In this moot court competition bench memo, the Supreme Court the state of Marshall has three issues to decide: (1) whether the Court of Appeals erred in holding that the Plaintiff failed to established the requisite elements to evidence a theory of intrusion upon seclusion as defined by the Restatement of Torts; (2) whether the Court of Appeals erred in holding that the Defendant’s statements to third parties were not defamatory but rather opinions or fair comment; and (3) whether the Court of Appeals erred in applying a strict breach of contract analysis to Plaintiff’s claim for deceptive business practices, pursuant to the State of Marshall’s Deceptive Business Practices statute, Marshall Revised Code, 505 MRC 815/2, and holding that the Defendant had no contractual obligation to inform Plaintiff that it employed GPS technology to track its vehicles. Plaintiff was a 21-year-old college sophomore in Capitol City who contacted the defendant in order to rent a rental truck for three days as a local move. He was a student who is receiving an academic scholarship in this college. He was asked to provide information such as name and address when he rented the truck. The rental agreement stated that he would depart with the truck on August 20 and return August 23. The move took longer than anticipated and, as a result, plaintiff parked the rental truck on the night of August 23 in a parking lot in a mall which has a convenience store, a cleaner and an adult bookstore. He attempted to return the truck on August 24 after the closing, so he left the key in the after-hour box before returning to school. In the meantime, defendant received a notice from its corporate office that there is a possible terrorist threat where its rental trucks might be used to carry explosive to Capitol City. Defendant immediately turned on the GPS system tracking the trucks and found plaintiff's rented one parked in front of an adult bookstore. Defendant then contacted plaintiff's reference, who happened to evaluate plaintiff's scholarship eligibility, informing the connection of possible terrorist threat and the location of the truck. Consequently, upon plaintiff's arrival on campus, plaintiff was informed that his scholarship was revoked and he needed to pay more for his rental truck. As a result, plaintiff filed this three count complaint against defendant.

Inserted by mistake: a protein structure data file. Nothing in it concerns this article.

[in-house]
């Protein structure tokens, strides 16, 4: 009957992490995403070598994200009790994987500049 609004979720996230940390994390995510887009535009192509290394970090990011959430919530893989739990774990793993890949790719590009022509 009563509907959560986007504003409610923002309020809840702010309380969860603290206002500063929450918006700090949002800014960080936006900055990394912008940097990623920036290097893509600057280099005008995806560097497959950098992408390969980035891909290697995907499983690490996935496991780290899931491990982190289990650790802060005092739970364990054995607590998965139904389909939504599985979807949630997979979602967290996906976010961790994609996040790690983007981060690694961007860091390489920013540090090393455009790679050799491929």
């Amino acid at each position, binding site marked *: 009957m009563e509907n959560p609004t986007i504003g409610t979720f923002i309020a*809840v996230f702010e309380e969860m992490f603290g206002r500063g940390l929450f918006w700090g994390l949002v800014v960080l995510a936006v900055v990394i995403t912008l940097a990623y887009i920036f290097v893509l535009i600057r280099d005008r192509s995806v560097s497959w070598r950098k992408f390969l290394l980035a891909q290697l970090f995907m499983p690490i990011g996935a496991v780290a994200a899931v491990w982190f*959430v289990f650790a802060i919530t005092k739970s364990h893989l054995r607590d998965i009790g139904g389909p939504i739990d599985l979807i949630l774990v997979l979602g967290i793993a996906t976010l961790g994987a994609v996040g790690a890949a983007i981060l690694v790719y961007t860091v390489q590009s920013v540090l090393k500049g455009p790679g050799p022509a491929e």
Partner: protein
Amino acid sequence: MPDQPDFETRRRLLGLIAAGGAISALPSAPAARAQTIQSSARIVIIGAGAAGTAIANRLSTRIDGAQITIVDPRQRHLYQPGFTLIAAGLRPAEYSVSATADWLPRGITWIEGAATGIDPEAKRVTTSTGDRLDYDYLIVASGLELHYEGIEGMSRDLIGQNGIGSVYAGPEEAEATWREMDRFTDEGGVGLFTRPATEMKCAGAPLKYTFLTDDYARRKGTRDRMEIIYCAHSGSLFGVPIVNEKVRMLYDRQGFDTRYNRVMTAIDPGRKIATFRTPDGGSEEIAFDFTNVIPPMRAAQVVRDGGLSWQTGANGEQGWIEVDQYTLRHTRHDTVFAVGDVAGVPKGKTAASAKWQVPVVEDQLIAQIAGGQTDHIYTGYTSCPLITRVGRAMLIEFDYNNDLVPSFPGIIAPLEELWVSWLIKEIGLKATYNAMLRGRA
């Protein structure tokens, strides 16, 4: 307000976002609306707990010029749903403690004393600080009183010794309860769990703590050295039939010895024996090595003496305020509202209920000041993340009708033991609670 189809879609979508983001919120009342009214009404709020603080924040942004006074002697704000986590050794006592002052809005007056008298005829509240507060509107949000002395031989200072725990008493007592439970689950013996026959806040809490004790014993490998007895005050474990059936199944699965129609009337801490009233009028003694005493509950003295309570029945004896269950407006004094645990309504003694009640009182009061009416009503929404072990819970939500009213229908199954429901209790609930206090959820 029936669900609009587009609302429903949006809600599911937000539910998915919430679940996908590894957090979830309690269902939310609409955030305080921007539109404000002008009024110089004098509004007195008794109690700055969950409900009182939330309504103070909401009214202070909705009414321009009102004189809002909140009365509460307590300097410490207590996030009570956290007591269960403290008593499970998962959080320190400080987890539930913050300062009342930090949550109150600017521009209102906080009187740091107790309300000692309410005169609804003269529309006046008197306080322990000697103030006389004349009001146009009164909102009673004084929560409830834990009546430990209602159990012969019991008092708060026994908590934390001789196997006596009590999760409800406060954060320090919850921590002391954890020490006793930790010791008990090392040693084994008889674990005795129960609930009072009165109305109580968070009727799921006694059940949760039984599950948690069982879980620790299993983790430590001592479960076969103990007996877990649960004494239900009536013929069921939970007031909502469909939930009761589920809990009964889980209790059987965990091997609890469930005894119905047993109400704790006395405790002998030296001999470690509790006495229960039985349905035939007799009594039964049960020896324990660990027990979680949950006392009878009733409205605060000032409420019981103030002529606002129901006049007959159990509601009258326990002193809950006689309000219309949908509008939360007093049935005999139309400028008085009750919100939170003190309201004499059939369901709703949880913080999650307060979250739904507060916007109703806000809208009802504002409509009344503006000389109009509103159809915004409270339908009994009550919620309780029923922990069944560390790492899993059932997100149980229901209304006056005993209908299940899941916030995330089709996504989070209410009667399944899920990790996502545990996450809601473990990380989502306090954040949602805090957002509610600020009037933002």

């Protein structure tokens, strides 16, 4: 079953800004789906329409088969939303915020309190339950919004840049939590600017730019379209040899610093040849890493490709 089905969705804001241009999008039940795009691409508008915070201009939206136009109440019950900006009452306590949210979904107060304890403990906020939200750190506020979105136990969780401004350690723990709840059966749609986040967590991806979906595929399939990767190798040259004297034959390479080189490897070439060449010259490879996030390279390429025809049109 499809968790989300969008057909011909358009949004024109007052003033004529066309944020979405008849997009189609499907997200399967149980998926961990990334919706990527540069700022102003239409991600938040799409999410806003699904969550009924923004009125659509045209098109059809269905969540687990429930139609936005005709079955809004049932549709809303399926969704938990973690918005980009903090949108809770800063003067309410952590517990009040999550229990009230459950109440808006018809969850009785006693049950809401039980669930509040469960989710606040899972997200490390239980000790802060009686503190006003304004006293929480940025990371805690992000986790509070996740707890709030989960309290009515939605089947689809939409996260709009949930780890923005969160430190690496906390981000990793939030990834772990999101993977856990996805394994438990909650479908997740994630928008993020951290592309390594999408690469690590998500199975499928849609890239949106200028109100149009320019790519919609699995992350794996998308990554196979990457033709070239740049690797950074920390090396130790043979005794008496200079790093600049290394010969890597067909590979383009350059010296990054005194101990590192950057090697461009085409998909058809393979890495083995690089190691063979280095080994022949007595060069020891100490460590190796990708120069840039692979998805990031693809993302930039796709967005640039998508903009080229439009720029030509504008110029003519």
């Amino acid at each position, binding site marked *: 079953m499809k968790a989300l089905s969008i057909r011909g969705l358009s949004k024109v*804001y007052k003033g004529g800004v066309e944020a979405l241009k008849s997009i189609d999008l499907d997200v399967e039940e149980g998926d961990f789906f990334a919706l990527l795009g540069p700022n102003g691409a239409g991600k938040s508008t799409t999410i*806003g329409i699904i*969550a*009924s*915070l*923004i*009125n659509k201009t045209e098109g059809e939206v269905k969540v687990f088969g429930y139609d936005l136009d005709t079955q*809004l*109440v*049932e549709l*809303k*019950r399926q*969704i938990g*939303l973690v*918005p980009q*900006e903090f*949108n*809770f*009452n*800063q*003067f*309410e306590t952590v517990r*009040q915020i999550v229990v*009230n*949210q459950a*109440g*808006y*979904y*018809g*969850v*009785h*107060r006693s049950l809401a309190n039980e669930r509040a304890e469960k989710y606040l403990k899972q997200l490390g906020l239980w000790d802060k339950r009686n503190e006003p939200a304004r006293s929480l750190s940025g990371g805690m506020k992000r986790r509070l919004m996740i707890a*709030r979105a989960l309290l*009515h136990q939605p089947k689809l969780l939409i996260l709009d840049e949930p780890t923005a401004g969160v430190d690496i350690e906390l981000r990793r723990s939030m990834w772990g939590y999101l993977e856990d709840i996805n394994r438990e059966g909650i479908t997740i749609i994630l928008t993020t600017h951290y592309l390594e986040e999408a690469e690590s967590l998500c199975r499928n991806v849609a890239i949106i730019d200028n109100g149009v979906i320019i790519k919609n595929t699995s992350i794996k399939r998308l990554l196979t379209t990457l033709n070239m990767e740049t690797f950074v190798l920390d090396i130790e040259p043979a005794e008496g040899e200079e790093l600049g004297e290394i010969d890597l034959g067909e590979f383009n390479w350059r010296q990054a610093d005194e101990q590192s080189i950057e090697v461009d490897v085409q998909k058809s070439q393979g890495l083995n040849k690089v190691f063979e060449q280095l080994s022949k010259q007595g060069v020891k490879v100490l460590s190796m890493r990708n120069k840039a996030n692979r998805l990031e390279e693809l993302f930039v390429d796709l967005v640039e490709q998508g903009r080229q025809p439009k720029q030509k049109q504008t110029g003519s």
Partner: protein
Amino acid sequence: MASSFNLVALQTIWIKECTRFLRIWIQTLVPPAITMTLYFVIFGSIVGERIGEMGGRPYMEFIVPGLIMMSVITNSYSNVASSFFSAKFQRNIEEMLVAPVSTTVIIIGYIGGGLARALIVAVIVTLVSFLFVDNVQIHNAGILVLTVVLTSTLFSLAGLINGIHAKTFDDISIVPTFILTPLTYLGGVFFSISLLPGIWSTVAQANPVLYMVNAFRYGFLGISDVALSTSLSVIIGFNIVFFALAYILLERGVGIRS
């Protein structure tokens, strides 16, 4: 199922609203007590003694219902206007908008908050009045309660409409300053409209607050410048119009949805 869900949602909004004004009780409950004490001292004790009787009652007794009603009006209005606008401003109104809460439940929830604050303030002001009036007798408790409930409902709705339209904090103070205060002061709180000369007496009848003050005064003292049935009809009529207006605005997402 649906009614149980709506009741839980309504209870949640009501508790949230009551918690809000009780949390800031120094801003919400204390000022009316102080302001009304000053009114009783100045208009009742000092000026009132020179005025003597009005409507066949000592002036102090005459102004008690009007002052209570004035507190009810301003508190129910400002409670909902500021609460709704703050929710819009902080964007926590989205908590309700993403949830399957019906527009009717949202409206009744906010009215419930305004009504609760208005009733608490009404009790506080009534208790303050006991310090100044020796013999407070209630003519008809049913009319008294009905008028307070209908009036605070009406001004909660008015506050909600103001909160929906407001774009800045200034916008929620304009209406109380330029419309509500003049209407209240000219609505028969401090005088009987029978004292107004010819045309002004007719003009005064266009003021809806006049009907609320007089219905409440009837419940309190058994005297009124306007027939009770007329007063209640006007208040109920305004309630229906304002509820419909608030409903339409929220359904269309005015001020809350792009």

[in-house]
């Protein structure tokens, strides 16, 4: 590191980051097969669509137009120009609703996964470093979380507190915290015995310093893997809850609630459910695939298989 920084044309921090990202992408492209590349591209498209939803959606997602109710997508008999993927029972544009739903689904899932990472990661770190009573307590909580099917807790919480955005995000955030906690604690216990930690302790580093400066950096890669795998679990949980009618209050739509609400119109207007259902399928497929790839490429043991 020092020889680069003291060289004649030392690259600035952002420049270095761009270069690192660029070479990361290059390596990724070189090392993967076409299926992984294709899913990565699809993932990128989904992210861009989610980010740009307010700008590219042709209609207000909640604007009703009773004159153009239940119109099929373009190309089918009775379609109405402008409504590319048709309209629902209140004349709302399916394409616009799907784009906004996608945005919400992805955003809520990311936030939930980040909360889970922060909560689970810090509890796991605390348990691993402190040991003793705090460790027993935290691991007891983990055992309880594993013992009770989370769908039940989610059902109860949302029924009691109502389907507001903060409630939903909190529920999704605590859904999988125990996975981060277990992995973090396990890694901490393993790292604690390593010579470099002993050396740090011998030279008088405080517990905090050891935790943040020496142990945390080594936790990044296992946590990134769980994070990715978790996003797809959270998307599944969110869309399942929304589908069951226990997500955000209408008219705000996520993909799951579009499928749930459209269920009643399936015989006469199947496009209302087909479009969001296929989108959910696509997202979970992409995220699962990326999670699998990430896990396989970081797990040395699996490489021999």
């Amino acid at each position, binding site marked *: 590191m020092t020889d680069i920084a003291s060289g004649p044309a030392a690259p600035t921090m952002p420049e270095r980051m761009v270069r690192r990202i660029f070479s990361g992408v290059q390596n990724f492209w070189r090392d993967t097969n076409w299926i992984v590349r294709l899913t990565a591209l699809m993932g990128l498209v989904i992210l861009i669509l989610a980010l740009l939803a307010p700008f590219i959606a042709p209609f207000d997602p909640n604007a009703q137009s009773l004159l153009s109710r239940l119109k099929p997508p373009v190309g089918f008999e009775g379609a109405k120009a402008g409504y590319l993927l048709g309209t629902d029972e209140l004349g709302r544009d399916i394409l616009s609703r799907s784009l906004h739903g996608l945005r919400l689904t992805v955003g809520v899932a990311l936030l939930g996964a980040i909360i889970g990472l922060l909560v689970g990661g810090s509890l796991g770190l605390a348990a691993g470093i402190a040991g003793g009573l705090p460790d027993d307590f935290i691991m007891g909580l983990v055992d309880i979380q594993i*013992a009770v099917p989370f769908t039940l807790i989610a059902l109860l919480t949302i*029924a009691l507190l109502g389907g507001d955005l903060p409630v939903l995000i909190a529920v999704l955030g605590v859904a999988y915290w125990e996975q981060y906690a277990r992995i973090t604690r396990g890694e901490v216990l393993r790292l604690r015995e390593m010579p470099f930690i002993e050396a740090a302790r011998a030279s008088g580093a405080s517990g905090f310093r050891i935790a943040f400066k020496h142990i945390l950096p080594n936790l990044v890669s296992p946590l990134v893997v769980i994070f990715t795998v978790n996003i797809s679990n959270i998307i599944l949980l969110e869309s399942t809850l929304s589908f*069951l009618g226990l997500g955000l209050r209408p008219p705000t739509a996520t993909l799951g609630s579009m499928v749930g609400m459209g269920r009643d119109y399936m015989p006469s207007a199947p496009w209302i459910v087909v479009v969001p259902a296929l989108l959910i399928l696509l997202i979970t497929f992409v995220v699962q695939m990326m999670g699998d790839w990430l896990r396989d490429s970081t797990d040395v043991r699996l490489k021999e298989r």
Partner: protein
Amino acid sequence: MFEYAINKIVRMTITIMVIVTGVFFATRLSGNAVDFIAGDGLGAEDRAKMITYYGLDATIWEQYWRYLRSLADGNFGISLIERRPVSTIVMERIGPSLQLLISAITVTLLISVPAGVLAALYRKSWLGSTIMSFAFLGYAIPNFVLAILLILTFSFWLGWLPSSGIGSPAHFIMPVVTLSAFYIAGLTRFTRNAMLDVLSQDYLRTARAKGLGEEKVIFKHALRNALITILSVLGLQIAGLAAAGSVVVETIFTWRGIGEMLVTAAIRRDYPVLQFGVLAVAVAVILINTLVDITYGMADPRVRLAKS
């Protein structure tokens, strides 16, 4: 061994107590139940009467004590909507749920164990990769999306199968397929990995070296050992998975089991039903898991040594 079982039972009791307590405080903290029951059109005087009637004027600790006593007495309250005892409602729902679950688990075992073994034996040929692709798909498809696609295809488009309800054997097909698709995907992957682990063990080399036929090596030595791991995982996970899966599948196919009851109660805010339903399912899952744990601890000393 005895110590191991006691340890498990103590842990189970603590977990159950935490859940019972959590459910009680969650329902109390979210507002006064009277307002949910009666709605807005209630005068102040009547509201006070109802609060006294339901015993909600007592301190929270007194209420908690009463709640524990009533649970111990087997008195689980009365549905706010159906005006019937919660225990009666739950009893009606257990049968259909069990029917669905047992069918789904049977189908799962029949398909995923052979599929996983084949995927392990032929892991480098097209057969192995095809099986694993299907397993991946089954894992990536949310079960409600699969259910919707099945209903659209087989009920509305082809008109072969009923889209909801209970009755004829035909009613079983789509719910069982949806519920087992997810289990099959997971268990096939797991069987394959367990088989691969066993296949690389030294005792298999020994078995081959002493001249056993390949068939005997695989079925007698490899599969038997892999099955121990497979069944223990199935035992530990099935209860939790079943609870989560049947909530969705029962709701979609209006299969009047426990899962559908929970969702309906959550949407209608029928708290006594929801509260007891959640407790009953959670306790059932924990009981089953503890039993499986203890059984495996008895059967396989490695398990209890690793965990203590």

Jeffrey M. Brown, Matthew Knorr, Pat Magierski, Charles Lee Mudd, Jr. & Elizabeth A. Walsh, 2002 John Marshall National Moot Court Competition in Information Technology and Privacy Law: Bench Memorandum, 21 J. Marshall J. Computer & Info. L. 37 (2002)